Today’s tutorial is how to build a flower box planter. Window boxes or flower boxes are the perfect way to spruce up a plain house or add some style to a fixer upper. They look great from the street and they look pretty from indoor as well, which is a huge bonus when it’s too hot to work outside like it is here in FL this time of year!
Seriously friends, I can’t think of a better way to add curb appeal to the front of a house than an overflowing window box filled with color and cascading greenery. Except maybe also learning how to make DIY shutters with sailboat cutouts. Those definitely add curb appeal. Don’t you think so too? This is our house before we changed out the windows. Even with the old windows in place my flower box added charm. You can see the entire house in my Coastal Home Tour Post.
It’s OK if window boxes aren’t your thing though. I’ve also got a medley of outdoor decor projects to share with you from the Power Tool Challenge Team. As usual, they came up with some awesome DIY outdoor garden projects to inspire the DIY’er in you!
Scroll down to the end of this post to see how to build a flower box planter for your home too.
First, let’s take a look at the great summer garden ideas the Power Tool Challenge Team came up with. Can you imagine any of these projects in your yard? I definitely see some of them in my future! Click on the link to go to that project and tutorial!
Repurposed Toddler Bed into Potting Bench Thrift Diving
DIY 2 x 4 Swing Virginia Sweet Pea
Shutter Privacy Screen The DIY Bungalow
Shed Window Flower Box Designed Decor
How to Build a Window Box Planter H2OBungalow – that’s me!
Old Drawers into Porch Planters My Love 2 Create
Reclaimed Wood Potting Bench My Repurposed Life
DIY Concrete Paver Planter Domestically Speaking
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How to Build a Flower Box Planter Tutorial
Supplies needed to make a DIY flower box planter. I use affiliate links to help you find the supplies I used. You can read my full disclosure policy here.
- pressure treated wood
- miter saw – This handy tool makes using the table saw easy.
- brad nailer
- Kreg Jig pocket hole system
- 1 1/4″ outdoor pocket screws
- combination square
- Gorilla wood glue
Step 1: Rip each board to 7” wide and use the miter saw for the cuts. Remember to always square one end of a board before measuring the length to cut.
Flower box cut list:
3 sides and bottom – pressure treated wood 1” x 7” cut to 45 inches long
2 ends – pressure treated wood at 1” x 5 ½ cut to 6 ¼ inches long
Optional trim – measure finished project and cut trim to exact length
front trim – two pieces, 1” x 1” cut to 45 degrees at both ends
side trim – four pieces, 1” x 1” cut to 45 degrees at one end, square at the other
Step 2: Put each board in place as they are cut to size. If there is a measurement off or one of the ends needs a little trim, you’ll see it right away.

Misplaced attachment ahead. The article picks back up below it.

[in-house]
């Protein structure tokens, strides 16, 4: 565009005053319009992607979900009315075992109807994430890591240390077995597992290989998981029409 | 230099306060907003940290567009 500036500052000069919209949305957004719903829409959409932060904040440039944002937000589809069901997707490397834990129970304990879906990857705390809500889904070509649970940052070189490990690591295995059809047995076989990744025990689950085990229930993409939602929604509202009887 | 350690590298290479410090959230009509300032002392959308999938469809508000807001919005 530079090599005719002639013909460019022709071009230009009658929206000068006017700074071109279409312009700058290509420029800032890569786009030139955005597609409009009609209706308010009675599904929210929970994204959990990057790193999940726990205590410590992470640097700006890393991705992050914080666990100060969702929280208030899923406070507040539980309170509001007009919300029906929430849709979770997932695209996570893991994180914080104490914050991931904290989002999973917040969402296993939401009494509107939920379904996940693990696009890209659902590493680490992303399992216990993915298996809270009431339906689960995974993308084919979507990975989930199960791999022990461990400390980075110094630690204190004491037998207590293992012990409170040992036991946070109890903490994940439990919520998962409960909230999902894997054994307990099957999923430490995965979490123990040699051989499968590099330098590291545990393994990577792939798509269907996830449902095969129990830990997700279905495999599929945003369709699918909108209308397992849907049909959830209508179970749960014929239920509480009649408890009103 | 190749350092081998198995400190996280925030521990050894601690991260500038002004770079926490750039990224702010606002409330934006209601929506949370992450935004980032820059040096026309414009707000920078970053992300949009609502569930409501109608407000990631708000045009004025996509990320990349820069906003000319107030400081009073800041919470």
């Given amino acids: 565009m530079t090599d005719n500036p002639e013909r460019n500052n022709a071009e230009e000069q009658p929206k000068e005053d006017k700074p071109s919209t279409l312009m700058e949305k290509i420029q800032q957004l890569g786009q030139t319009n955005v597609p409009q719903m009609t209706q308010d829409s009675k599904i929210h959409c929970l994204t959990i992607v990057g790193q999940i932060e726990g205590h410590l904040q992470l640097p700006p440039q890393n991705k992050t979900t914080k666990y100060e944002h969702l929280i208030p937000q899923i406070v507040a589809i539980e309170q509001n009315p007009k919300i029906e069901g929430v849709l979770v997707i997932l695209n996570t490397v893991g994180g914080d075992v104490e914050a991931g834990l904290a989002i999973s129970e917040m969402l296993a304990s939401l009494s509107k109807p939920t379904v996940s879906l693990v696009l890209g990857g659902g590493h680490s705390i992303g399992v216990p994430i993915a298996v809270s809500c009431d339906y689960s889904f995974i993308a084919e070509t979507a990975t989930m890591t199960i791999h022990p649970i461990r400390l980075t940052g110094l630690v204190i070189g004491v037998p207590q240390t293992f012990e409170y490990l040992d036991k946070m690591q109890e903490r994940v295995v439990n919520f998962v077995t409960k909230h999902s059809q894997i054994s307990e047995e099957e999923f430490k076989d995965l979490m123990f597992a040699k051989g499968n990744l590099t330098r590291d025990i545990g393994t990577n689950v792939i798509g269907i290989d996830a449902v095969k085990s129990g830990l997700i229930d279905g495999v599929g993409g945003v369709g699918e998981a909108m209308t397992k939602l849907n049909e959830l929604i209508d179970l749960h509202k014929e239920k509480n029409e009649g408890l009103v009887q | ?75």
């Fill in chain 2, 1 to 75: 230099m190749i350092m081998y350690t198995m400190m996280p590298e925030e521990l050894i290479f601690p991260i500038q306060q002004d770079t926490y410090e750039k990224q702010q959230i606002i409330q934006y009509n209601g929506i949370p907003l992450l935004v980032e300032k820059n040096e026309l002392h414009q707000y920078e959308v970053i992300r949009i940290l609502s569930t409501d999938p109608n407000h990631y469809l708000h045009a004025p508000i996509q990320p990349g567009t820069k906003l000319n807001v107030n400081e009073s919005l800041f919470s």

Step 3: Make pocket holes with a Kreg Jig in the two side pieces. Side interior, three pocket holes to attach the front panel, 2 sets of pocket holes to attach the bottom panel. Side exterior, three pocket holes to attach the back panel. See photo for placement.
Step 4: Make pocket holes with a Kreg Jig on the bottom inside panel. There will be four sets of two pocket holes to attach the front panel. See photo for placement. Use 1 ¼” pocket screws, attach the bottom panel to the front panel. Attach the side pieces to the bottom and front panel.
Step 5: Make pocket holes with a Kreg Jig on the exterior bottom panel. There will be four sets of two pocket holes to attach the back panel. See photo for placement. Use 1 ¼” pocket screws, attach the back panel, attach the two side pieces to the back panel.
Step 6: Optional trim. Use the Miter saw to cut upper and lower 1” x 1” trim. Attach trim by placing a bead of wood glue along the planter edge and securing each piece with the Airstrike gun.
You may want to drill a few drain holes in the bottom of the window box at this time.
Step 7: Fill pocket holes with wood plugs or wood filler. Fill any other nail gun holes or gaps. Sand any rough spots if needed and paint with exterior grade paint.
Step 7: Install support brackets with appropriate mounting hardware for your home exterior. I built brackets from my scrap wood pile. Place your window box on the brackets and secure if desired. Plant some colorful flowers and enjoy your beautiful new window box!
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We’ve done a lot of work in the front yard since I first made this DIY window box planter project. Here’s another picture from when I shared my painted DIY faux Pavers for Concrete.
It’s changed since then too…of course!
The window looks a whole lot better with a cheery flower box at the front of my house. Even better is the fun in picking out flowers and greens that compliment the colors of our house and the butterfly garden we put in which is lush and full of tropical growth and flowers now.
Other outdoor garden projects I’ve done that you may enjoy